Here at RR, we’ve spent the better part of the last week helping others prepare for disaster on the East Coast of the United States of America.
As I type this (it’s 3am on November 2nd) we’re still manning phones and computers, trying to insure that much needed supplies reach the front lines – getting to families that need them desperately in order to begin recovering from “Superstorm Sandy’s” wrath. .
If you’re a regular reader of the blog, you already know that our work goes well beyond helping families build strong, affordable, sustainable housing. Here at RR, “disaster response” is a large part of our mission to insure the safety of families everywhere.
We’ve insured that aid reached places like Haiti, New Zealand, Japan and other locations, in times of need.
People ask me constantly about “preparing for disaster”. They ask me for advice on “how to prepare”.
To survive hardship, you have to stay healthy.
You’ll need calories to burn and water to hydrate you in order to get thru the tasks ahead of you.
People ask why I store food in my house for “unforseen events”;
Recently, wildfires in Montana forced my family to evacuate our home. Local grocery stores were ravaged as families flocked to them to buy much needed supplies, all at once. The end result? Very quickly, the shelves were literally bare. If you didn’t already have it, you were facing over a hundred mile round-trip to try and find it.
Local grocers have told me (after the fact) that they did triple the “normal business” and still couldn’t begin to meet demand.
- In 2005, Hurricane Katrina – the sixth-most powerful hurricane ever recorded – slammed into the Mississippi River Delta region, destroying almost $1 BILLION dollars worth of crops. It was terrible. I know firsthand, I was personally at “Ground Zero”.
- Less than two years after Katrina, a “500-year flood” visited the Midwestern corn belt—which, as the US Geological Survey pointed out at the time, marked the second “500-year flood” in 15 years.
- In 2011, Texas suffered the most severe 12-month drought in its recorded history, resulting in a stunning $5.2 billion in crop and livestock losses. This loss eclipsed the state’s previous record high in crop losses – set just five years earlier.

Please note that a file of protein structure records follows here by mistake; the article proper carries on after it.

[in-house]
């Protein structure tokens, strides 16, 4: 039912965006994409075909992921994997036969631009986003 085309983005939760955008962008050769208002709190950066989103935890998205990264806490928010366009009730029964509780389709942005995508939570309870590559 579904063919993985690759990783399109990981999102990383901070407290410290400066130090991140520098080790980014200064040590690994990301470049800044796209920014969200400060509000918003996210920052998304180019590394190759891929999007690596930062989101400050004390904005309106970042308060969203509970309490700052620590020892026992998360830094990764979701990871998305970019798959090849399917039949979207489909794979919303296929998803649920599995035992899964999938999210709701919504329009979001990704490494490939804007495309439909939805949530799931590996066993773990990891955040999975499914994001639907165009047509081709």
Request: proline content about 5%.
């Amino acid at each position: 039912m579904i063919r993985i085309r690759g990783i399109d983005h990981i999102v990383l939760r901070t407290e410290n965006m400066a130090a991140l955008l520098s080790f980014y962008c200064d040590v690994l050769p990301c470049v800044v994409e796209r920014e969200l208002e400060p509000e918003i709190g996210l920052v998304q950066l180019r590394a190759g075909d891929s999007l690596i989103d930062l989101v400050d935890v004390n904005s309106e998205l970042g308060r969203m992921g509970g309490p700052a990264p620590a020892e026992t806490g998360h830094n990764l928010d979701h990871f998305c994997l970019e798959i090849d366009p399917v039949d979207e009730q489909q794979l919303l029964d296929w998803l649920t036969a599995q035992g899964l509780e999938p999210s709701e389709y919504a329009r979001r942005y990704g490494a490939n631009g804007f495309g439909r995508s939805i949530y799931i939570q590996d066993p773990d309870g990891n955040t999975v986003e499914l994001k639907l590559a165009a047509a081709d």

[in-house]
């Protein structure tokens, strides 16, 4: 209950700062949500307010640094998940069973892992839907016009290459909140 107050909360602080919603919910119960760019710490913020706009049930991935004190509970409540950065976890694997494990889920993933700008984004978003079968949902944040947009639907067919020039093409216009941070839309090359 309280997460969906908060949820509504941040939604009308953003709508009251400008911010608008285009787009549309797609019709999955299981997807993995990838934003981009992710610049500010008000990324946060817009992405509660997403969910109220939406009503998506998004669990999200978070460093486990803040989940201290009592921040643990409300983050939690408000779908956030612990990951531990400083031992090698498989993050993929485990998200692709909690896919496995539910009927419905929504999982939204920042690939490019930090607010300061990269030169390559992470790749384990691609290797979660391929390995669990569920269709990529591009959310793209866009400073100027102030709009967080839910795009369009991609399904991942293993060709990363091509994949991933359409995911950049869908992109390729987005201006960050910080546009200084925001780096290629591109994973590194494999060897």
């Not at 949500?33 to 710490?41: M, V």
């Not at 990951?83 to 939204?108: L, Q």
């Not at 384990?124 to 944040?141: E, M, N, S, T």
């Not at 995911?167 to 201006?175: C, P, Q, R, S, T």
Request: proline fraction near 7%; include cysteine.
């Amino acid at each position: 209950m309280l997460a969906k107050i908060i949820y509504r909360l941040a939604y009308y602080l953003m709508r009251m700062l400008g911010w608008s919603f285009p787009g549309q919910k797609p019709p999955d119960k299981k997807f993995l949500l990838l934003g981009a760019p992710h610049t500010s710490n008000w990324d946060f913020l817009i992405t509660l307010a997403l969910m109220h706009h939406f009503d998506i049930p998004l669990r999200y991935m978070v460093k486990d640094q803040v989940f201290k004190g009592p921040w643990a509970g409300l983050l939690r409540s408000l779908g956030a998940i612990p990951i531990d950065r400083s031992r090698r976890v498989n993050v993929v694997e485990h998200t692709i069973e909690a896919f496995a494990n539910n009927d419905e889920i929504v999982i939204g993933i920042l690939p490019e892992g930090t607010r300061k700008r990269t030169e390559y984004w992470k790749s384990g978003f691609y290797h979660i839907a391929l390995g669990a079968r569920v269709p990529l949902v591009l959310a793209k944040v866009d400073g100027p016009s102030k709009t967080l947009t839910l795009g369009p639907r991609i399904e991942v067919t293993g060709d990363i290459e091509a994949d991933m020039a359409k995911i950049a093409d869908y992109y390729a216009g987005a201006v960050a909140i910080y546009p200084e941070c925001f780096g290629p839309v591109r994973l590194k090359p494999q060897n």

- In 2012, record droughts eradicated the nation’s corn and hay crops.
- August 2012 saw the arrival of Hurricane Irene, which deluged farmland and destroyed crops from Puerto Rico all the way to Canada, taking a particularly nasty toll on farmers in Vermont and New York state.
And now… along comes “Superstorm” Sandy. we’ve yet to see what the results of Sandy will be to the nation’s food supply.
This week, Superstorm Sandy hammered the East Coast of America. Between torrential rain, flooding and heavy snow, MANY families are STILL finding it impossible to GET to local stores to “try and buy” provisions. And, if they CAN get to the store, there’s no guarantee that the food they need will be there. Left unprepared, their families go hungry as local first responders and aid groups try to provide them with food and water.
Take all of those weather events and then factor in natural disasters (like wildfires or earthquakes, for instance), the failing economy, rampant unemployment and inflation and you have a potential disaster on your hands as you face the possibility of “full tables and empty plates”.
Everyone, and I mean everyone… should have a 3 month supply of food stored in their homes – just in case.
I can hear you spitting at your monitors as you read this;
“Yeah, that’s easy for you to say, You can afford to go out and buy massive amounts of food… just in case.”
Um… no. I can’t. My family, like many others in America, lives pretty close to the ground. We eat a LOT of Macaroni and Cheese. If we didn’t plan for emergencies in advance – over time – we couldn’t survive them, I assure you.
Believe it or not, it’s really NOT that difficult to achieve that “emergency food cache”.
Just buy a few extra cans of food every time you go to the grocery store. Wait for bargains and sales and grab what you can. Use those coupons!
Doing this insures that if things get hard – for whatever reason – you’ll have a buffer against hardship. And… you’ll be surprised at how quickly that emergency food store will add up.
And do not forget water.
You need over a gallon of water a day to get through hard times. In my family (presently there are 3 of us at home) we keep a three month supply of water (both in bottles and in “mass storage containers”) of almost 500 gallons of fresh water.
Here’s an example of how it breaks down PER 30 days;
If you need more help with your emergency planning, you can find answers, HERE.
Be smart, be careful, be prepared and be safe.